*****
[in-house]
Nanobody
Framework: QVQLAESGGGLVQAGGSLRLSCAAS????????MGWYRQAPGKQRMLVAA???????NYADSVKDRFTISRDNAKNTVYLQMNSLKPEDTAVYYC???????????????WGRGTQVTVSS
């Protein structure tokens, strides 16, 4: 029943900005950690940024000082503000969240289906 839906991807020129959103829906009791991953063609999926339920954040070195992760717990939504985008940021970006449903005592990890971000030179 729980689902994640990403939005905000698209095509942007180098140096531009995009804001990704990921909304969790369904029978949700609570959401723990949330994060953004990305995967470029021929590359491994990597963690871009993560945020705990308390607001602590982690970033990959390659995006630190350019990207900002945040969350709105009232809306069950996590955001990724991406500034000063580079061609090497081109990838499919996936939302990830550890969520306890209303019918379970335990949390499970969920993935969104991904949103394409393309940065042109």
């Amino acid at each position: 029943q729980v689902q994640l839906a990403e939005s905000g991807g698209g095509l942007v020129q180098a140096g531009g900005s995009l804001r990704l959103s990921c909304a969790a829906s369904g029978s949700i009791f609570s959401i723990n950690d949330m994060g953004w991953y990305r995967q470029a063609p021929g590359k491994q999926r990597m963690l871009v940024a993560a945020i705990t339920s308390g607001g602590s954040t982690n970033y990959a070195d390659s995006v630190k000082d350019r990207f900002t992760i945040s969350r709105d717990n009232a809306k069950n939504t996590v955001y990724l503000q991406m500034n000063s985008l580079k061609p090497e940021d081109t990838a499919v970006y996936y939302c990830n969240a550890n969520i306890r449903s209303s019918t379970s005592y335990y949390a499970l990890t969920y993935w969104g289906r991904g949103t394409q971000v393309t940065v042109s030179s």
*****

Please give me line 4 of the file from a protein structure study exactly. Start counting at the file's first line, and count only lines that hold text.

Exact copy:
């Protein structure tokens, strides 16, 4: 029943900005950690940024000082503000969240289906 839906991807020129959103829906009791991953063609999926339920954040070195992760717990939504985008940021970006449903005592990890971000030179 729980689902994640990403939005905000698209095509942007180098140096531009995009804001990704990921909304969790369904029978949700609570959401723990949330994060953004990305995967470029021929590359491994990597963690871009993560945020705990308390607001602590982690970033990959390659995006630190350019990207900002945040969350709105009232809306069950996590955001990724991406500034000063580079061609090497081109990838499919996936939302990830550890969520306890209303019918379970335990949390499970969920993935969104991904949103394409393309940065042109």